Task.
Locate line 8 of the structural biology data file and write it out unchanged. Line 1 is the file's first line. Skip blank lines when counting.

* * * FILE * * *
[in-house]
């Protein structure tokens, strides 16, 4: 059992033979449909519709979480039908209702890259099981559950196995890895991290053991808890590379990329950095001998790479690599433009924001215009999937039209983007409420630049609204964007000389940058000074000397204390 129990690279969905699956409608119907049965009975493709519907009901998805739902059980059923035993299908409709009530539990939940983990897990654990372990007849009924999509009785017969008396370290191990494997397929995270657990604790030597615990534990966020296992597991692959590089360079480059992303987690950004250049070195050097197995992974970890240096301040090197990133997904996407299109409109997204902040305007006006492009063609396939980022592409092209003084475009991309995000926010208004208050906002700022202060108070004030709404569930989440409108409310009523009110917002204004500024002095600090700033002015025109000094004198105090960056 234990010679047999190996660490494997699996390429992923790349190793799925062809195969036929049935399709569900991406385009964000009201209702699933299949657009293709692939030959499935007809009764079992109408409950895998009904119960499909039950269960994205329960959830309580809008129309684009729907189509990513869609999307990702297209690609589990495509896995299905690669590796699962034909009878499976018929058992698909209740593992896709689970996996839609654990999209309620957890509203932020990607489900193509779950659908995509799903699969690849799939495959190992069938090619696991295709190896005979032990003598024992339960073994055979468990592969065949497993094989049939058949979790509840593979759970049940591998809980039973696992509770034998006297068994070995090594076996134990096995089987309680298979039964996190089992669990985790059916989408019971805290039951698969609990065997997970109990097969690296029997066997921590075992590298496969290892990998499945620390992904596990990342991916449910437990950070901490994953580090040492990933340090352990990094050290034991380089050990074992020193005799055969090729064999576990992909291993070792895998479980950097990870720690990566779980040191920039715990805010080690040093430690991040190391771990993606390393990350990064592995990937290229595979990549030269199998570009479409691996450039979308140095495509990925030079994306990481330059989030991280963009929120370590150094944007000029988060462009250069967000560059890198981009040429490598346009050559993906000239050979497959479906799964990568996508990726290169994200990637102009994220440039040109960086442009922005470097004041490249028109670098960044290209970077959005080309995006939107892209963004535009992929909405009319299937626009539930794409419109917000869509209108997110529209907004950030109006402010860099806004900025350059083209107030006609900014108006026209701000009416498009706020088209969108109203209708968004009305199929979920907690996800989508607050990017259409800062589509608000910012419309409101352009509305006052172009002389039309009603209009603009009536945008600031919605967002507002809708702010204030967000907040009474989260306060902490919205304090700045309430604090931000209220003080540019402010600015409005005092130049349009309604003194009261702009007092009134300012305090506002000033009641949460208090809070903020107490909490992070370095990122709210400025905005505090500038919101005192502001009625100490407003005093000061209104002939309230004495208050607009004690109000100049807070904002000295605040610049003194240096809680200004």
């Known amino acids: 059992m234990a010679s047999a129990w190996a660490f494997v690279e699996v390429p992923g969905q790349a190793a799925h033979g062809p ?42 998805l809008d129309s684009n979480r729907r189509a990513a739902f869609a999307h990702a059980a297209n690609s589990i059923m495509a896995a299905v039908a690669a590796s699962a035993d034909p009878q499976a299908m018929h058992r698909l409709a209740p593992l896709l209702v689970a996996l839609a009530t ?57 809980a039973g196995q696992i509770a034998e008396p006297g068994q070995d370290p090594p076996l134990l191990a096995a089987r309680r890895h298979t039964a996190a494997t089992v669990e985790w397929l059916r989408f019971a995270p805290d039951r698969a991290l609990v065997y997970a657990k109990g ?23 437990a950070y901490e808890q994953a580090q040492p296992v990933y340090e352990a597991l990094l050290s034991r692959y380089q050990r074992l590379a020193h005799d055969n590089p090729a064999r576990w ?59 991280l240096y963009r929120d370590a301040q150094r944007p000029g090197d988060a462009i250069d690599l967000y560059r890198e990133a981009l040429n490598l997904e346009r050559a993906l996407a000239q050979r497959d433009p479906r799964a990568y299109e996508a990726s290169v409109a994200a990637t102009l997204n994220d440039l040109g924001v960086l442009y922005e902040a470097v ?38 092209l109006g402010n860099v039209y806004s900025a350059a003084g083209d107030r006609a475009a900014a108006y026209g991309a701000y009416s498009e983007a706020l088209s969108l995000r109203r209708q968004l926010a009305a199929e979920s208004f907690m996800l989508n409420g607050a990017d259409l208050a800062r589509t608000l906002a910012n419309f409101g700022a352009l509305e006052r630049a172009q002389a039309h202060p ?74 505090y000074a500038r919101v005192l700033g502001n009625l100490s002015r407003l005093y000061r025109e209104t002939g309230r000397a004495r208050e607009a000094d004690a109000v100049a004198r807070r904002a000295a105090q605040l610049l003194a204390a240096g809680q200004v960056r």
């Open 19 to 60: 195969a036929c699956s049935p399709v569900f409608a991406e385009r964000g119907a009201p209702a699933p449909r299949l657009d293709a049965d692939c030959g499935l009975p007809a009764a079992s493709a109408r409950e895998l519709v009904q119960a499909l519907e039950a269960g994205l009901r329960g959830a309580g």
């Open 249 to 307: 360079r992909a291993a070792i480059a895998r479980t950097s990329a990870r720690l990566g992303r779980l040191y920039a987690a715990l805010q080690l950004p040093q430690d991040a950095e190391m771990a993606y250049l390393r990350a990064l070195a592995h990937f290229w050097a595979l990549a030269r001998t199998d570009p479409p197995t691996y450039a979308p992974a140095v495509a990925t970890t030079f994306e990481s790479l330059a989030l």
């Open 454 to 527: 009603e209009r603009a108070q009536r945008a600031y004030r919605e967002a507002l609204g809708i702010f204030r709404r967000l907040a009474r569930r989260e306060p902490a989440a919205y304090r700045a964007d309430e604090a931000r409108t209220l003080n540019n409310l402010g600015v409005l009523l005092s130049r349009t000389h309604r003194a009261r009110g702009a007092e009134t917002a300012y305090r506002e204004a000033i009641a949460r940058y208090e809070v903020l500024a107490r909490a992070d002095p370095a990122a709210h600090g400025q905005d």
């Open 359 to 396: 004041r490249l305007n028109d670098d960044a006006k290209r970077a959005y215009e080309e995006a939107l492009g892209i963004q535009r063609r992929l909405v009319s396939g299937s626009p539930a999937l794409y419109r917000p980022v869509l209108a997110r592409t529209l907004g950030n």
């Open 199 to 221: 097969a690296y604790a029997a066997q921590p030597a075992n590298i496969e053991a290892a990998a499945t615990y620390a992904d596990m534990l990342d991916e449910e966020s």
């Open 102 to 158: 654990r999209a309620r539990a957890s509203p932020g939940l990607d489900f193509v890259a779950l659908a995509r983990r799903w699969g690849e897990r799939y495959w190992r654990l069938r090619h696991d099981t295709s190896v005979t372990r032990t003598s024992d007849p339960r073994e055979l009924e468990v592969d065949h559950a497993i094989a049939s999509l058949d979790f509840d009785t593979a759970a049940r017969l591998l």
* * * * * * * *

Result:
């Open 199 to 221: 097969a690296y604790a029997a066997q921590p030597a075992n590298i496969e053991a290892a990998a499945t615990y620390a992904d596990m534990l990342d991916e449910e966020s």